Hot Air Balloon Uterus

No, this is not some weird diagnosis you'll find in the "rare diseases" section of a clinical diagnosis textbook.

It's just an analogy that helped me easily understand how the ligaments of the uterus have ANYTHING to do with the sacrum and spine.

You know that old song, "The hip bone's connect to the...leg bone. The leg bone's connected to the...knee bone?" While it's simply a goofy childhood song, it does hold a lot of truth. Here's one simple anatomy fact for you today: Everything in your body is connected. Simple enough, right? Yes. But sometimes we forget that when it comes to our pregnancy and the importance of spinal health! So let's chat about that!

ligaments of pregnancy

Think for a moment about a hot air balloon.

Let's imagine that the balloon part is magically fixed in place- perhaps it's stuck in a tree (idk...I couldn't come up with another reason why a hot air balloon wouldn't be free floating). So now with this basket hanging below, let's say you take it and twist it ever so slightly. What happens? 
Well, obviously that's going to put some tension and torsion on the ropes connecting the basket to the balloon. What would also likely happen is that the rope(s) would be tight one one or two ends, and then loose on the opposite one or two ends. Ultimately, this could even cause some uneven pulling or re-shaping of the balloon itself. Make sense?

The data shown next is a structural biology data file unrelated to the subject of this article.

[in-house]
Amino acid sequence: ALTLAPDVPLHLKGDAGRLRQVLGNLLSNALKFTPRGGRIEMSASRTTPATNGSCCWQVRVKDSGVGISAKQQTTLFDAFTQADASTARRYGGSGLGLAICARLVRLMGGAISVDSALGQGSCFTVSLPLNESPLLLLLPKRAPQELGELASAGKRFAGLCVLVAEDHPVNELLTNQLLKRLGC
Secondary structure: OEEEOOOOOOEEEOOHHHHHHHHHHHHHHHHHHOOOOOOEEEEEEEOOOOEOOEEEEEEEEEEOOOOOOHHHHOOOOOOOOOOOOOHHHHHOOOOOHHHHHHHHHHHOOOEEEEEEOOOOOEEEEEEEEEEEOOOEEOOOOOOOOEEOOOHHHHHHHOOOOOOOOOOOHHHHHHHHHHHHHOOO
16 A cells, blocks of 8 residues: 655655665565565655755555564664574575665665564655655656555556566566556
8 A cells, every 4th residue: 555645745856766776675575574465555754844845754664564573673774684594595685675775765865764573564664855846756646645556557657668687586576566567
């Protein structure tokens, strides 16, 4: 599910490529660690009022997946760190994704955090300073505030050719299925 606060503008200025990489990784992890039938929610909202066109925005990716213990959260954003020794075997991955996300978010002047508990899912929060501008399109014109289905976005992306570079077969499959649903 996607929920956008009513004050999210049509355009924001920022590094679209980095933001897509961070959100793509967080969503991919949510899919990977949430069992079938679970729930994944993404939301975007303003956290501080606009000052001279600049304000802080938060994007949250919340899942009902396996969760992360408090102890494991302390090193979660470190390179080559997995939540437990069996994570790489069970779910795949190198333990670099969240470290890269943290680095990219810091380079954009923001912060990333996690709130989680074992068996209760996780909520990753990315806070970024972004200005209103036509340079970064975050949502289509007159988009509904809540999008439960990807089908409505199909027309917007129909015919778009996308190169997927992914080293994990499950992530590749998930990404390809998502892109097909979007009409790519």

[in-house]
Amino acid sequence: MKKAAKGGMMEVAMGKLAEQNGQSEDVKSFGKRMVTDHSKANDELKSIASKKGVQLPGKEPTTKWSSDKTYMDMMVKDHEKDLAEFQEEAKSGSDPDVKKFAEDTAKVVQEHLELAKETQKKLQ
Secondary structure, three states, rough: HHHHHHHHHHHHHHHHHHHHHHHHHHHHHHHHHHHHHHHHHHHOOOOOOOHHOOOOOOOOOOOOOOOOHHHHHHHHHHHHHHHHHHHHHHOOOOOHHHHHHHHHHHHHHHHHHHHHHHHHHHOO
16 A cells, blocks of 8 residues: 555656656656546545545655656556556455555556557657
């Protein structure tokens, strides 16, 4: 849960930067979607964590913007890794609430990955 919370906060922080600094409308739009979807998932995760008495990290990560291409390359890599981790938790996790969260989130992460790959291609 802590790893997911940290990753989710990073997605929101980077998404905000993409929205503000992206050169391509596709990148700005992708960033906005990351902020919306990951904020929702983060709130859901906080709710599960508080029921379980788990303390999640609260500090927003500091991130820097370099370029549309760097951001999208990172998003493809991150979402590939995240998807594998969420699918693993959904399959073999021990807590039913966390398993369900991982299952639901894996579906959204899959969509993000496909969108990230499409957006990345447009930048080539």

So now let's think of it this way:
Balloon = Uterus
Basket = Pelvis
Ropes connecting the basket to the balloon = Ligaments connecting the uterus to the pelvis.
So now, what do you think happens to the uterus and the ligaments attached, if the pelvis misaligns? Now, it's pretty simple to understand that they have an affect on each other, right?

ligaments of pregnancy

But anatomically, WHY is this possible?

It's all because of that little guy in the bottom right of my sketch, called the UTEROSACRAL LIGAMENT. By definition, it is the ligament that attaches on one end to the uterus, and on the other end to the sacrum. It is because of this attachment that if the sacrum misaligns, then there will be an uneven shifting and pulling on the uterus.

So think back to the hot air balloon: if the rope(s) on the back side of the basket/balloon begin to pull, what then happens to the rope(s) on the front side of the basket/balloon? Yup. You got it- they can pull as well. Sometimes both of them, sometimes just one of them (depending on which direction the basket/pelvis misaligns to). But either way, this is what many women experience as ROUND LIGAMENT PAIN. These are the points on the right and left "undersides" of the belly, if that makes sense. 

Webster Technique

So what can you do about this?

Simple answer: Go see a prenatal chiropractor! By removing the misalignment of the sacrum and the pelvis as a whole, we can minimize or completely eliminate the uneven pulling that may be happening in the uterosacral ligament. This will ultimately minimize or eliminate the tension found in the round ligament, leading to decreased round ligament discomfort!

Decreased tension in the ligaments supporting the uterus is key for allowing for a more comfortable pregnancy (especially into the end of the 3rd trimester!), ample room for proper fetal growth and positioning, as well as overall pelvic positioning for a safe and healthy labor and delivery!

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